The Chancellor announced a package of measures to tackle tax avoidance, evasion and wider non-compliance that is estimated to raise £1.7 billion over the next five years. The package includes a £79 million fund for additional staff to tackle more cases of serious tax fraud as well as wealthy taxpayers’ non-compliance. This investment is estimated to raise £725 million, and is in addition to the £292 million of additional funding announced at the 2021 Spending Statement.
HMRC challenges taxpayers’ liabilities through a series of campaigns and ‘nudge letters’. These focus on areas identified as being particularly at risk of fraud and error, and therefore most likely to generate significant additional revenues for the Exchequer.
As their name suggests, nudge letters are designed to prompt taxpayers to reconsider whether they need to pay more tax to HMRC. Usually, HMRC issues them when it has information that suggests tax returns are incomplete. This could be data from overseas tax authorities about people’s non-UK bank interest, or discrepancies between Companies House data and tax returns. Recent nudge letters include:
Letters to offshore corporates owning UK property whom HMRC considered failed to pay tax on property sales and other transactions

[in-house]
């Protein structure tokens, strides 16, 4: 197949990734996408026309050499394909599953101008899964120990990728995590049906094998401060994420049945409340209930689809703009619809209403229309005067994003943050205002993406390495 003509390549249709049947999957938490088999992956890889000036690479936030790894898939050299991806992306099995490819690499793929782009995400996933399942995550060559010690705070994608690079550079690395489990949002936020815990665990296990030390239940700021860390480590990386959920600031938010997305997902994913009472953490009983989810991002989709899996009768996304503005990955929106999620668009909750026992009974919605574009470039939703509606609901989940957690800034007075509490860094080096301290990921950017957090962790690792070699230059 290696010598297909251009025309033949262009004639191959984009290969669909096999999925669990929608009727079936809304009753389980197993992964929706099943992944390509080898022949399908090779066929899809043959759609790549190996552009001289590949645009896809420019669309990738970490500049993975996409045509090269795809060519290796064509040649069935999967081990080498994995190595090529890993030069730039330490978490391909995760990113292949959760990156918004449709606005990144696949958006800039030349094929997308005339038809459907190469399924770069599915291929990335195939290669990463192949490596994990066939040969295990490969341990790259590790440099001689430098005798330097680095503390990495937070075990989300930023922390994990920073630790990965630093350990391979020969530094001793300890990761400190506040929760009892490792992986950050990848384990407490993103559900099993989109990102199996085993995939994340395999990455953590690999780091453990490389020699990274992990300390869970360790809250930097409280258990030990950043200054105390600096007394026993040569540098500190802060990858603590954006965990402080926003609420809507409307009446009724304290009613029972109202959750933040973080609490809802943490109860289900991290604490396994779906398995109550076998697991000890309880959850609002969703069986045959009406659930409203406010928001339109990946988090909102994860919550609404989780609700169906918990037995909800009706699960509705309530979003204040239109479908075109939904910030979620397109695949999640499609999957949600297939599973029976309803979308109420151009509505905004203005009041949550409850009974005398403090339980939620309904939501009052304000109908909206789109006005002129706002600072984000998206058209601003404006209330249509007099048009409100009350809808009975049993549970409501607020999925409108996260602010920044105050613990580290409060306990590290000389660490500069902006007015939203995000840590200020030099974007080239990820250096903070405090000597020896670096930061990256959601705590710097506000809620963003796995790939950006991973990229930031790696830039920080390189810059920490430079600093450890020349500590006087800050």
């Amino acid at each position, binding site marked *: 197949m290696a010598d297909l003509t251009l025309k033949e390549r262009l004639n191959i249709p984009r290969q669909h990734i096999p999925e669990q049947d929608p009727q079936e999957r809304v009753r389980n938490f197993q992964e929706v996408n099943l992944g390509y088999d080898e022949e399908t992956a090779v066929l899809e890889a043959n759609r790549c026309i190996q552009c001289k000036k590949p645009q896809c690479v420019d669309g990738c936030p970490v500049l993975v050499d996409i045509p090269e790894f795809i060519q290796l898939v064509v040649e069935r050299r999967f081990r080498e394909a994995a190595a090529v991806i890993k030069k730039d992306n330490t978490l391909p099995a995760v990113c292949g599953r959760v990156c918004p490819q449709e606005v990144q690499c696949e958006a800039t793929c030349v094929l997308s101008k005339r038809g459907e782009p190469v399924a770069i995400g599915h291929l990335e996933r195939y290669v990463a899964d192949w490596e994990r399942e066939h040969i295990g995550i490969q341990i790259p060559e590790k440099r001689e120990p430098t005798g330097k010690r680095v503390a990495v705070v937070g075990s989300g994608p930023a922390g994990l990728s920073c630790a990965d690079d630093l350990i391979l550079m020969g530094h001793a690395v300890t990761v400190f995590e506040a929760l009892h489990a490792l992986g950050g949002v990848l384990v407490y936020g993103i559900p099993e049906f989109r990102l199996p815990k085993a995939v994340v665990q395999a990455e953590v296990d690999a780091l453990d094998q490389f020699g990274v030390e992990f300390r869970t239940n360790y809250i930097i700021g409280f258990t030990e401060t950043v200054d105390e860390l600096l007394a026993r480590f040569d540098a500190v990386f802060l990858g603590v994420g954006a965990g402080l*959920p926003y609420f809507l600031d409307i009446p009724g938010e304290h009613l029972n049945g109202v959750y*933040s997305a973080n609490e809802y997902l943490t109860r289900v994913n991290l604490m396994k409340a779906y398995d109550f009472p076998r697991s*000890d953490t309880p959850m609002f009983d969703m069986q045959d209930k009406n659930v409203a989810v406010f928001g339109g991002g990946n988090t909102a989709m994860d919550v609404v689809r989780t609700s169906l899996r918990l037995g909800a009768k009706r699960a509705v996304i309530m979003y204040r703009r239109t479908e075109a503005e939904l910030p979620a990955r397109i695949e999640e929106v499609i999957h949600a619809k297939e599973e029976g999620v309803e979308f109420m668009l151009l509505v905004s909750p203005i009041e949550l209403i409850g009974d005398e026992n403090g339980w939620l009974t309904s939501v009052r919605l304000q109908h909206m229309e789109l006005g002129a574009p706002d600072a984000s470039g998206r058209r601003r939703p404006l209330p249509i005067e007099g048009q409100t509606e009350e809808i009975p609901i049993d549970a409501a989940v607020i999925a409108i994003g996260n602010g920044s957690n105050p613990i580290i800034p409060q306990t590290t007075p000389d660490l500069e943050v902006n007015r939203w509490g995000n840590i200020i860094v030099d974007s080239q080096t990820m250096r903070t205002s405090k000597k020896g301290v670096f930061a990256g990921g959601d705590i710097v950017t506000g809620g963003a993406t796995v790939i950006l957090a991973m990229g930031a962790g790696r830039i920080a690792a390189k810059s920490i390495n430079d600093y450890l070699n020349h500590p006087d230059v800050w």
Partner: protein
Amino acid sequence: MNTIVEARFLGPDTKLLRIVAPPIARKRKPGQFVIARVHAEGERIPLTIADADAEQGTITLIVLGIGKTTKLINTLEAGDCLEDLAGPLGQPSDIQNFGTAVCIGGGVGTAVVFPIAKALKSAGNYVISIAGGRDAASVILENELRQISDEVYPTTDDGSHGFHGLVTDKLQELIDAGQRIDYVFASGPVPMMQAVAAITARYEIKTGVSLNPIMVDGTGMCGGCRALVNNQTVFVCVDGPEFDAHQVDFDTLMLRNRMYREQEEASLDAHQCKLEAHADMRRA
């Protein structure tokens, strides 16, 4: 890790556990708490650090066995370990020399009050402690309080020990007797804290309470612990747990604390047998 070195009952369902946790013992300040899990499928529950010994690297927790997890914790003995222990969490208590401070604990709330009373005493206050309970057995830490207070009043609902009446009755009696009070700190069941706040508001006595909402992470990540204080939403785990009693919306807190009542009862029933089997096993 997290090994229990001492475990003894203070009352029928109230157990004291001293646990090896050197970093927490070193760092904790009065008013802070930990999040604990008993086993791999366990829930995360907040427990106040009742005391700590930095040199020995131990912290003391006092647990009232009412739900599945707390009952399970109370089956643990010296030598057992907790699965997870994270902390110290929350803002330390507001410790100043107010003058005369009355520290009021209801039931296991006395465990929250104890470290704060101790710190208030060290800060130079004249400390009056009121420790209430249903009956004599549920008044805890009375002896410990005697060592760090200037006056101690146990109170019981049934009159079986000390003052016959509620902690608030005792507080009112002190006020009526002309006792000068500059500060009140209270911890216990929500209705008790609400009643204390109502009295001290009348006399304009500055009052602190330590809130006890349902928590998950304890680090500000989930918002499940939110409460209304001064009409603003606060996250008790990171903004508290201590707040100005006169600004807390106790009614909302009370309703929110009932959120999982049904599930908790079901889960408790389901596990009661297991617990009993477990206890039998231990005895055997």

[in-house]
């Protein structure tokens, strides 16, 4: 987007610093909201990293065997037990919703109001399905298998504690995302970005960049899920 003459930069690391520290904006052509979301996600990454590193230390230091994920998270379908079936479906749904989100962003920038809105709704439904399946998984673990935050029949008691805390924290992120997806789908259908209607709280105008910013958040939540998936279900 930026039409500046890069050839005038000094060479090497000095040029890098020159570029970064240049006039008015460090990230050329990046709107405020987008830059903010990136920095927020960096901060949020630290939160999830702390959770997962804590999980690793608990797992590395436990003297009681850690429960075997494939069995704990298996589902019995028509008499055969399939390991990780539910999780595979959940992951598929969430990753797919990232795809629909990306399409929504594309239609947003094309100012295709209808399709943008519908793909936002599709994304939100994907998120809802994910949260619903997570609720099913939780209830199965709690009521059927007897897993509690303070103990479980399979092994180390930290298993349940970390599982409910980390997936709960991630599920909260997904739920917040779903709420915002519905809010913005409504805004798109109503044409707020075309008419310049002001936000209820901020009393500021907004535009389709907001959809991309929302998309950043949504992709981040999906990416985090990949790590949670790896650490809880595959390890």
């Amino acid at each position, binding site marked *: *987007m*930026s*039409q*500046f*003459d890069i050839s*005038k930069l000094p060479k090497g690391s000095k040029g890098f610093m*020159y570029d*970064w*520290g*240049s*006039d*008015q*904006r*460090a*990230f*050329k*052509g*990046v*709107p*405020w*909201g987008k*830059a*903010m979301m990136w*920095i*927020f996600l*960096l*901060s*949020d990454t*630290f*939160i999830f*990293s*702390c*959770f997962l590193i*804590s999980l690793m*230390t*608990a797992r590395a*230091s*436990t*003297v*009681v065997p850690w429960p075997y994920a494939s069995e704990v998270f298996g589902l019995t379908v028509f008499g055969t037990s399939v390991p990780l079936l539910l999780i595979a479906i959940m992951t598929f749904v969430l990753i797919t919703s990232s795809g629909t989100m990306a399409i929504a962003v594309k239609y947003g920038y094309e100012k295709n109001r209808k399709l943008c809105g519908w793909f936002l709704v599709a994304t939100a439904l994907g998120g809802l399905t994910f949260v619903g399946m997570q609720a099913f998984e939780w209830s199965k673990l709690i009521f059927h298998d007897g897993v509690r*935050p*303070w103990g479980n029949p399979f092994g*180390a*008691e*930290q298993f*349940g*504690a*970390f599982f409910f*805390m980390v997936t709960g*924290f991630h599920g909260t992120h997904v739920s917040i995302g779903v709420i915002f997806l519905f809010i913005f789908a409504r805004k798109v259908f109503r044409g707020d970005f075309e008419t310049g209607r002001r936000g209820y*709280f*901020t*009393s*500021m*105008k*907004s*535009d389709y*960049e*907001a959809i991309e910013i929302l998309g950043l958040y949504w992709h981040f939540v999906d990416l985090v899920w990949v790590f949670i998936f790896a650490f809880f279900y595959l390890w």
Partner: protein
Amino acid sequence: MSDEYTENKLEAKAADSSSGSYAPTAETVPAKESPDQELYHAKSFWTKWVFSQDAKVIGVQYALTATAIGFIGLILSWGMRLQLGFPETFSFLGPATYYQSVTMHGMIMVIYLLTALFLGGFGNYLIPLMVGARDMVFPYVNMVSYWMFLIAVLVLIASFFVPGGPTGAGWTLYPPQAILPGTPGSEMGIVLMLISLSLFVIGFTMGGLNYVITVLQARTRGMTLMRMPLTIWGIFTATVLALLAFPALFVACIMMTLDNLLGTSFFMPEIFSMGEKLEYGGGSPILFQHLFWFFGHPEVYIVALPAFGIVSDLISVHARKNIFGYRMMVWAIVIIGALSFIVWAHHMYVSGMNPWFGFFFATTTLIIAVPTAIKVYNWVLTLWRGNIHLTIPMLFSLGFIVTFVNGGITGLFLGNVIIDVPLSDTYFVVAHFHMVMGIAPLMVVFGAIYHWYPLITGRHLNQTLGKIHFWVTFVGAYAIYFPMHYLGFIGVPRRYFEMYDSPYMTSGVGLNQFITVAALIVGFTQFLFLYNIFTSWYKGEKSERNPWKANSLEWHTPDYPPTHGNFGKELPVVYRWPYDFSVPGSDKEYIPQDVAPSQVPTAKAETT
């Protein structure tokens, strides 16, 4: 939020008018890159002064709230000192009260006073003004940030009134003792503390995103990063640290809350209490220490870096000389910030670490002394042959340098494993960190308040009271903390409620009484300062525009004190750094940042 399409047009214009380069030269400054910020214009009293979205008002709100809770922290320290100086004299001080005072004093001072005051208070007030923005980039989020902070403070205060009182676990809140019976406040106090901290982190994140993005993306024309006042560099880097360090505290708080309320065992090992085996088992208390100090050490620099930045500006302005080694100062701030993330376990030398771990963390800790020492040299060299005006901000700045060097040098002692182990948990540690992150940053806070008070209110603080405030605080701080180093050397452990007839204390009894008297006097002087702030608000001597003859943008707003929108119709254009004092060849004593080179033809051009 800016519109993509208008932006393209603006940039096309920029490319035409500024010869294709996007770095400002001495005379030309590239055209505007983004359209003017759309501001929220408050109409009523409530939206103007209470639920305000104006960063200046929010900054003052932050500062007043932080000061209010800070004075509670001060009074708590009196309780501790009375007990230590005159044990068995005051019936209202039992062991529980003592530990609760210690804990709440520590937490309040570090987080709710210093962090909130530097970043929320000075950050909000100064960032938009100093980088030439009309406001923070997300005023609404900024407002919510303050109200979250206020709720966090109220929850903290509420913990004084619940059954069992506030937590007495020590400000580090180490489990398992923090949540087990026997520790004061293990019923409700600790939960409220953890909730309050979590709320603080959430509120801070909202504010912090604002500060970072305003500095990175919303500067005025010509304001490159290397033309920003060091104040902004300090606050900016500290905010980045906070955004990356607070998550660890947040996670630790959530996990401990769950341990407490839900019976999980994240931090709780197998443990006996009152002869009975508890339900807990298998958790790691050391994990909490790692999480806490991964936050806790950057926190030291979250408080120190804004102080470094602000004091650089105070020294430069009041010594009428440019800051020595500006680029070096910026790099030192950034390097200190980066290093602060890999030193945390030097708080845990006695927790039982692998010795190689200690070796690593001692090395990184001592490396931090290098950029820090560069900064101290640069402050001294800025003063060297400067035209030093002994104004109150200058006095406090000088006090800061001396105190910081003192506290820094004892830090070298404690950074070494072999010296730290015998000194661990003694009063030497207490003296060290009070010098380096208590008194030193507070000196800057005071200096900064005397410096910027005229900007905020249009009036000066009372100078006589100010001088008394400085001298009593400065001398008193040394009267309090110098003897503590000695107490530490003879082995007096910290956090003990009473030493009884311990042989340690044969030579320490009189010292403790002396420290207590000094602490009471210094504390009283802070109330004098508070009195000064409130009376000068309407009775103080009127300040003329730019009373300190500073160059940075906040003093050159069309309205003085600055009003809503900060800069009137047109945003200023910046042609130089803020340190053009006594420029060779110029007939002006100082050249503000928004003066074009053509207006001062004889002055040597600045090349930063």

Letters to people who drive for online platforms such as Uber or Lyft, explaining that HMRC has information suggesting they did not disclose all their earnings from this work
Letters to landlords who HMRC considers failed to tell HMRC about all their rental income in 2020/21
Letters to companies claiming R&D tax relief encouraging them to review their claims
HMRC is also devoting resources to tackle fraudulent and erroneous R&D tax claims, undertaking detailed checks before paying out the claims, or investigating cases on which refunds were made where the claims appear excessive. These compliance checks are undertaken by HMRC’s Fraud Investigations Service and its new R&D Anti-Abuse Unit, amongst others.
Any taxpayers who receive these nudge letters or face an R&D investigation should seek specialist advice on how best to respond. How many years’ tax HMRC can collect or reclaim depends on why mistakes occurred. This also affects the levels of any tax-geared penalties.